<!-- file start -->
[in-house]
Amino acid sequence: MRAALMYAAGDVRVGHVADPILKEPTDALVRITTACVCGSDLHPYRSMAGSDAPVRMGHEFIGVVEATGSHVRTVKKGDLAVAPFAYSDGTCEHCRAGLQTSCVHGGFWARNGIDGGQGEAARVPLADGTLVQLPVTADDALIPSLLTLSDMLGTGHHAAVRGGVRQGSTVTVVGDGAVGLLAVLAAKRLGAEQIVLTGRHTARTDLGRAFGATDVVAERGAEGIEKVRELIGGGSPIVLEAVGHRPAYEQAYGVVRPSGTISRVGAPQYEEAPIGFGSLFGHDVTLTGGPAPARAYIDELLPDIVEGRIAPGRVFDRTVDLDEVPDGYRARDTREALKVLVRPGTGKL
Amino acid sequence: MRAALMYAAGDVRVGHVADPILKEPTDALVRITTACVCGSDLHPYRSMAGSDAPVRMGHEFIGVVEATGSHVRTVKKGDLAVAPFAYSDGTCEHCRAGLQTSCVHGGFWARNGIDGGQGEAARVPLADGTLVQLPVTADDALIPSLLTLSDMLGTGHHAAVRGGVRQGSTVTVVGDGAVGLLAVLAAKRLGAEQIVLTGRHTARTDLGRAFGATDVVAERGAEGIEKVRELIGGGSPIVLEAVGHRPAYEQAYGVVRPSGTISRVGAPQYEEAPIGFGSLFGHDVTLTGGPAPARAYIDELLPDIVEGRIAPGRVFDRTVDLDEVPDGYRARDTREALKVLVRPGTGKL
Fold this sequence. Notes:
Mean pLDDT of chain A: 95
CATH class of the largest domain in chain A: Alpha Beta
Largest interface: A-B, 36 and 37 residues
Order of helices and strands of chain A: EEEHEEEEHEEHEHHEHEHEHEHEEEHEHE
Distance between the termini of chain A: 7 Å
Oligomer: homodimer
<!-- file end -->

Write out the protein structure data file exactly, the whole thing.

[in-house]
Amino acid sequence: MRAALMYAAGDVRVGHVADPILKEPTDALVRITTACVCGSDLHPYRSMAGSDAPVRMGHEFIGVVEATGSHVRTVKKGDLAVAPFAYSDGTCEHCRAGLQTSCVHGGFWARNGIDGGQGEAARVPLADGTLVQLPVTADDALIPSLLTLSDMLGTGHHAAVRGGVRQGSTVTVVGDGAVGLLAVLAAKRLGAEQIVLTGRHTARTDLGRAFGATDVVAERGAEGIEKVRELIGGGSPIVLEAVGHRPAYEQAYGVVRPSGTISRVGAPQYEEAPIGFGSLFGHDVTLTGGPAPARAYIDELLPDIVEGRIAPGRVFDRTVDLDEVPDGYRARDTREALKVLVRPGTGKL
Amino acid sequence: MRAALMYAAGDVRVGHVADPILKEPTDALVRITTACVCGSDLHPYRSMAGSDAPVRMGHEFIGVVEATGSHVRTVKKGDLAVAPFAYSDGTCEHCRAGLQTSCVHGGFWARNGIDGGQGEAARVPLADGTLVQLPVTADDALIPSLLTLSDMLGTGHHAAVRGGVRQGSTVTVVGDGAVGLLAVLAAKRLGAEQIVLTGRHTARTDLGRAFGATDVVAERGAEGIEKVRELIGGGSPIVLEAVGHRPAYEQAYGVVRPSGTISRVGAPQYEEAPIGFGSLFGHDVTLTGGPAPARAYIDELLPDIVEGRIAPGRVFDRTVDLDEVPDGYRARDTREALKVLVRPGTGKL
Fold this sequence. Notes:
Mean pLDDT of chain A: 95
CATH class of the largest domain in chain A: Alpha Beta
Largest interface: A-B, 36 and 37 residues
Order of helices and strands of chain A: EEEHEEEEHEEHEHHEHEHEHEHEEEHEHE
Distance between the termini of chain A: 7 Å
Oligomer: homodimer